The Magic of Music - why Beth loves a melody
Why is it that if you’re trying to learn script for a performance or a presentation for work it just doesn’t want to stick, yet play a piece of music a couple of times through and the words are there ready for you to belt out to your heart’s content?
Music plays a big part in everyone’s life whether we realise it or not. It more often than not becomes part of our daily routine – waking to an alarm clock radio, listening to music on the way to and from work, background noise whilst out and about; when we hear music it’s stored in the part of our brain that deals with repetitive activities, our muscle memory.
When someone is living with alzheimer’s it tends to be the other part of the brain, the part that deals with the specifics that is affected first and foremost, leaving the muscle memory and our appreciation for music intact.
This is why music plays such an important role in the day to day living of someone with dementia and why activities involving music are an asset in care homes.
We often get asked why we use the same songs to start our sessions, we can enter a room to start a session and more often than not will get asked who we are and what we’re doing there, even if we go on a weekly basis. As soon as we play that first song the room awakens. “Ah Musical Moments, oh, we do love it when you visit”. This first song is our trigger song. It sparks off that muscle memory.
Another question we are asked is, “why are you playing that song if it makes someone cry, surely that’s a bad thing?” That may be because someone has been sat unresponsive for the past half an hour and now, because of this piece of music they are showing emotion. Yes, they might be crying but it means that that one song has sparked an emotional memory, and with a bit of reassurance the crying soon stops and more often than not, that person will sing along with the rest of the song.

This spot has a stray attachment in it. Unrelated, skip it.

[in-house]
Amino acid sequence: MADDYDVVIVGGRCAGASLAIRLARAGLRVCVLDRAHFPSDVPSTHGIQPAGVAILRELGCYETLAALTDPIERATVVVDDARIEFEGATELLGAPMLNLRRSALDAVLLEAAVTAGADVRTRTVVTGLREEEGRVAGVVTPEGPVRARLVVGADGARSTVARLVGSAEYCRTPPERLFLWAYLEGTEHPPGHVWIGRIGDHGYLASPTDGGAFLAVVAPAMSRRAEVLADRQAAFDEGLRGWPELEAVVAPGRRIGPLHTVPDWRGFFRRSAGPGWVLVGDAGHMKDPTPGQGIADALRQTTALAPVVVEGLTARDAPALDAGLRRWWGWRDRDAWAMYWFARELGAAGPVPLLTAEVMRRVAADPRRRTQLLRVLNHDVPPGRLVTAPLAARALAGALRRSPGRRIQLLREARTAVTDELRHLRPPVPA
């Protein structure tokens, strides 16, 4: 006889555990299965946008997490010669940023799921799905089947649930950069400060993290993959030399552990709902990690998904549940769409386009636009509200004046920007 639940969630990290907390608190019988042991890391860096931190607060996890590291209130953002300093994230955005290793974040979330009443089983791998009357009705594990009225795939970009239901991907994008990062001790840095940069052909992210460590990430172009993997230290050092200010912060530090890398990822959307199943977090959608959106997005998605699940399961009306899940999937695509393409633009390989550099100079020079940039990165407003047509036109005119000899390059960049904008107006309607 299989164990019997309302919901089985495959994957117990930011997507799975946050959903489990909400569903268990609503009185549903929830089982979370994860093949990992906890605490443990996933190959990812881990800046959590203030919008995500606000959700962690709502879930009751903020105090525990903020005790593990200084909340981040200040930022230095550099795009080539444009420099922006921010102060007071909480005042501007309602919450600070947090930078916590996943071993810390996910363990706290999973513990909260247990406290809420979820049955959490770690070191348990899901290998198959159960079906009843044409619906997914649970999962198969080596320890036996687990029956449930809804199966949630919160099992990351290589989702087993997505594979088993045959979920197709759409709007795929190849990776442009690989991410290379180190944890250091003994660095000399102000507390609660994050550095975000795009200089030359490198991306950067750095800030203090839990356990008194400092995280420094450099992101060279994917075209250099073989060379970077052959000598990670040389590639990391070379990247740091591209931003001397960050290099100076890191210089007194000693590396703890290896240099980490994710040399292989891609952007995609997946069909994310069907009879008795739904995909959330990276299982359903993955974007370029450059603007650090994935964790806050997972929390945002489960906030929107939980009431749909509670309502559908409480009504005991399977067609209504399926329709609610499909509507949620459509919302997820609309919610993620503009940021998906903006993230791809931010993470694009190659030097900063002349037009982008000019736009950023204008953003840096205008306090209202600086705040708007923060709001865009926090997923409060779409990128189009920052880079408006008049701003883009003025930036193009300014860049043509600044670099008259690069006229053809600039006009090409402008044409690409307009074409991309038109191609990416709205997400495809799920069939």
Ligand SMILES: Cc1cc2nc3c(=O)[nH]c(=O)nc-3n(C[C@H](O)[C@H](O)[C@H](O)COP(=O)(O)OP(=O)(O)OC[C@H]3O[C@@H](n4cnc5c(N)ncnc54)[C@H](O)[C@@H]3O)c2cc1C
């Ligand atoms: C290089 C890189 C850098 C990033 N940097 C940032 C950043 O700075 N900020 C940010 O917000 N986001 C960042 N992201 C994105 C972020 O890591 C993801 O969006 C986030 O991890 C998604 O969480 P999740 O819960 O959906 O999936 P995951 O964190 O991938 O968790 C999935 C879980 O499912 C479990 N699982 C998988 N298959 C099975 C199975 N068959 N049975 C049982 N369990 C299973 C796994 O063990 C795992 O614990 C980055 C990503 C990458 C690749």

Our songs are chosen carefully; music does have emotional content and we hope that by using a good mix we can evoke different pastime memories.
It is so rewarding when you play a piece of music and someone who has shown no signs of wanting to join in suddenly starts singing along. Even the smallest of toe taps or the slightest of smiles is enough to know that certain song holds a special place in their memory.
So why is music magic? It has the ability to stick, when everything else seems to be falling apart. It has the ability to spark emotion and trigger memories from our past. It allows us to retell stories, smile and cry and it allows us to escape our troubles and pain if only for a short period.
By Beth Matthews